WASHINGTON (AP) — Let's hear it for the do-over.
Inaugurations are always moments of great ceremony and pageantry. But, hey, everybody can rel-a-a-a-ax a little the second time around.
After the electric moment of President Barack Obama's first swearing-in, the second inaugural was just so much more ... comfortable.
(Really, Monday was a do-over of the do-over. The actual swearing-in took place a day earlier in a private ceremony at the White House.)
Yup, that was the president chomping on gum as he watched the inaugural parade, while his wife and daughters rocked out in their seats in the reviewing stands.
And, yup, there were Sasha and Malia casually chatting with their cousins on the inaugural platform earlier in the day, completely uncowed by the millions watching their every move via Jumbotron and television.
Obama seemed so at eeeeeease.
"I miss this place," the onetime senator said with a big smile as he greeted congressional leaders upon arriving at the Capitol.
The inaugural crowds — down considerably from four years ago — knew there was no repeating the raw emotion of 2009, and most people didn't demand it.
"I just feel so proud," said Sharon Davis, of Suitland, Md., who attended both.
But the different vibe was palpable.
"Before, it was just so exciting — you could be walking for miles and miles and it didn't even feel like an effort," said Katasha Smart of Randallstown, Md.
The sentiment was the same from afar for many.
"We've been there, done that in terms of electing the first African-American president," said Beniam Fantu, 34, speaking from Dallas.
With the smaller crowds came smaller headaches.
Sure, there were still snags at security checkpoints and Metro stops and the like. There was a smattering of protesters, and some glitches with the sound system.
But there was no repeat of 2009's Purple Tunnel of Doom, the underpass where throngs of purple ticket-holders famously were stranded for hours.
Even the weather cooperated — 40 degrees at high noon, up from 28 four years ago.
And for all that was not-so-new, it was still a moment to savor. And Obama did.
As he headed back into the Capitol after the swearing-in, the president pivoted and planted himself to look back at the scene.
"I want to take a look, one more time," he said. "I'm not going to see this again."
Obama, who won't ever face re-election, felt free to ramp up the inaugural program's celebrity quotient this time.
Beyonce sang the national anthem, Kelly Clarkson did "My Country, 'Tis of Thee," James Taylor offered "America the Beautiful."
Contrast that to four years ago, when the inaugural ceremony included Aretha Franklin but also classical musicians such as cellist Yo-Yo Ma, violinist Itzhak Perlman and others, and the Hollywood types were largely saved for the evening's balls.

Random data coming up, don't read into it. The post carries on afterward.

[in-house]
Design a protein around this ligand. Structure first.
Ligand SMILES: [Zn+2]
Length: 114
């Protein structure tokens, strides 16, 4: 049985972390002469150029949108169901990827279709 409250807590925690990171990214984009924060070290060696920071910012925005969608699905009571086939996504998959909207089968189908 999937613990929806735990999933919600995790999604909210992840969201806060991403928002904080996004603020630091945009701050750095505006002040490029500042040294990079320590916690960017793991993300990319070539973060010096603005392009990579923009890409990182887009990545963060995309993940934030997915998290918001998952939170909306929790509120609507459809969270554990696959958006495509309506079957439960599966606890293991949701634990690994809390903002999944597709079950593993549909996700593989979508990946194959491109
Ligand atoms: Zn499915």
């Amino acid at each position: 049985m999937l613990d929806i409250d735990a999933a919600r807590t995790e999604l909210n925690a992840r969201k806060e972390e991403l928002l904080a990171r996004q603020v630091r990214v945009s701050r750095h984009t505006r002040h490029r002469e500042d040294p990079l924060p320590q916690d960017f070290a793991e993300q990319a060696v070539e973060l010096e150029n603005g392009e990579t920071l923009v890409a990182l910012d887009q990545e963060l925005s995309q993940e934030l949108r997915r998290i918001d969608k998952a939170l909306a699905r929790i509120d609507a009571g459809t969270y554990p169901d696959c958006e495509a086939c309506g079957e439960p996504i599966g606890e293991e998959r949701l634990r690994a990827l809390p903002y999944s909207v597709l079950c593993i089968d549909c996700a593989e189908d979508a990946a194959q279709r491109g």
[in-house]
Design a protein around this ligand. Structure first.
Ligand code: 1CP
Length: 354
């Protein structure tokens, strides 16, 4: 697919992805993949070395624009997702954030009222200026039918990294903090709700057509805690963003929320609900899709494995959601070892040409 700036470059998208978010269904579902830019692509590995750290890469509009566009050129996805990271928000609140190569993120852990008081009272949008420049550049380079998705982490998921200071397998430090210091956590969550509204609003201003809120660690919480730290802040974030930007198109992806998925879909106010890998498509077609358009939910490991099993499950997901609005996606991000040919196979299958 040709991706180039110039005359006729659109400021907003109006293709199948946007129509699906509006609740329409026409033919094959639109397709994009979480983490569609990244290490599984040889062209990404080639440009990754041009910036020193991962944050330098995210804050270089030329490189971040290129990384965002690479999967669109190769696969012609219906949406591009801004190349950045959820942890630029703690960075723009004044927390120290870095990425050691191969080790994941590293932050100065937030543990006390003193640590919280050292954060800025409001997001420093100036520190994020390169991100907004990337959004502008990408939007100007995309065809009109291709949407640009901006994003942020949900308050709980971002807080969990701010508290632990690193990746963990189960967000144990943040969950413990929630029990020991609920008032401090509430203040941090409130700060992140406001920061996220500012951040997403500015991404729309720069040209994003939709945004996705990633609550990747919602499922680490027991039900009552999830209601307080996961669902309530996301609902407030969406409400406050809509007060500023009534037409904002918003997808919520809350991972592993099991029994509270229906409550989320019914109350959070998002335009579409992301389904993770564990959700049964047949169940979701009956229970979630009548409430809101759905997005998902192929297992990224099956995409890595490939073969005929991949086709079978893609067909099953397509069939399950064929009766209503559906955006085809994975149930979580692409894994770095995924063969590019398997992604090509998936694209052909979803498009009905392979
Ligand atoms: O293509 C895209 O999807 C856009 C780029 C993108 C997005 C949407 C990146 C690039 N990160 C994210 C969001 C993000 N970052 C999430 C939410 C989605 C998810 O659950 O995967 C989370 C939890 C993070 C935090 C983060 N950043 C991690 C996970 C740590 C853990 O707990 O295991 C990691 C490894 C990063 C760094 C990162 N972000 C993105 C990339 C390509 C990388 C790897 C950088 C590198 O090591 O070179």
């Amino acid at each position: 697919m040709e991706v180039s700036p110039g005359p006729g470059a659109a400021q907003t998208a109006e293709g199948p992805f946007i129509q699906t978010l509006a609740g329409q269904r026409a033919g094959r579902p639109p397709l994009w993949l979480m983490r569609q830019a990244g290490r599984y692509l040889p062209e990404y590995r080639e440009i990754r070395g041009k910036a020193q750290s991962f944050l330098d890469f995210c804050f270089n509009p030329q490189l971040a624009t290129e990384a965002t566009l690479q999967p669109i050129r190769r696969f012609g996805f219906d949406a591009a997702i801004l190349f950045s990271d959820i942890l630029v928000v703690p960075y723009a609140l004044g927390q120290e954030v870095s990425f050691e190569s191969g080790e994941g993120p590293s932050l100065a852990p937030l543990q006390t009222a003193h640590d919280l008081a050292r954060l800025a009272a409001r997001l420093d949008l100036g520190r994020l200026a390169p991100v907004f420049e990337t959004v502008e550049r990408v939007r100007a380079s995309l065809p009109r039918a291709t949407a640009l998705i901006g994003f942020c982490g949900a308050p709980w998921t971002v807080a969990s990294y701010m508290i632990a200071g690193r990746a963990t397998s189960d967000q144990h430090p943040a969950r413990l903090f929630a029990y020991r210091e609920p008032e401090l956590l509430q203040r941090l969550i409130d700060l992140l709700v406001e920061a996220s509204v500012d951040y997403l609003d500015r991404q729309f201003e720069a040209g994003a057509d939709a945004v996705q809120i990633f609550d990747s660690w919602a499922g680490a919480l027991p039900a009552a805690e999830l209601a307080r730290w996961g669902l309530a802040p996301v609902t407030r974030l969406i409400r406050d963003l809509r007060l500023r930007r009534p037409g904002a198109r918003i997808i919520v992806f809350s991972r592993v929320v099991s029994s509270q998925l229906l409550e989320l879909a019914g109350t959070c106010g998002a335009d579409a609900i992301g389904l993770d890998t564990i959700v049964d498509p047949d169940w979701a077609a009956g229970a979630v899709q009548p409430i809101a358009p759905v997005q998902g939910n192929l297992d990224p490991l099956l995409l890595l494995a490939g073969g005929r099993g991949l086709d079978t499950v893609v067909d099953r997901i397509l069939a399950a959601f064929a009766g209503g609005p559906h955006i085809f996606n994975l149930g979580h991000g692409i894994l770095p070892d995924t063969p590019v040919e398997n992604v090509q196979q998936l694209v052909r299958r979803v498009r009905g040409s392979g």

Even Michelle Obama seemed more liberated this time, sporting a new haircut — with bangs! — that's a little less first-lady-ish.
Lots of lessons learned were deployed.
Chief Justice John Roberts, who administered the oath of office to Obama on both occasions, read from notes this time.
In 2008, he'd worked from memory and flubbed the wording, requiring a private do-over the next day.
This time, the only snag in the oath-taking was a little catch in Obama's voice as he uttered the word "states" in the phrase "president of the United States."
Even the parade planners learned a thing or two.
They made this year's floats shorter, to improve their turning radius and allow them to move along Pennsylvania Avenue at a faster clip.
And about those portable toilets: organizers arranged them in clusters this year rather than long lines, to make it easier to get around them.
Some glitches were inevitable.
Malfunctioning speakers made it nearly impossible for the flag-waving fans stuck in the overflow section near the Washington Monument to hear what the president was saying.
"You're in the IT capital of the world: How can this be so hard?" a frustrated Smart demanded.
But even there, good will was in evidence.
"It does take away from the experience, but it's so minute, compared to being able to raise the flag for Obama," said Anna Johnson, who came from Decatur, Ga.
The party scene for this year's inauguration was more muted: Fewer big names. No concert on the steps of the Lincoln Memorial. Two official inaugural balls instead of 10.
But 40,000 people were ready to cram into the Washington Convention Center for those two balls.
And for many, being a part of it all was still hugely important. The fact that the inaugural festivities coincided with the Martin Luther King Jr. holiday sweetened the deal for some.
Julie Davis, 69, of suburban Dayton, Ohio, said attending the event reduced her pangs of guilt for not joining King's 1963 March on Washington, back when she was working in the city as a black, 19-year-old intern.
She's always regretted that she didn't skip an out-of-town meeting to attend the march.
"Every year since that time, whenever I heard of the March on Washington or thought about it or somebody made reference to it, it was almost like a knife cutting me," Davis said. "I am very, very, very happy to be here."
Associated Press writers Matthew Barakat, Alan Fram, Dave Dishneau, Thomas Ritchie, C.J. Jackson, Donna Cassata, Sam Hananel and Calvin Woodward contributed to this report.
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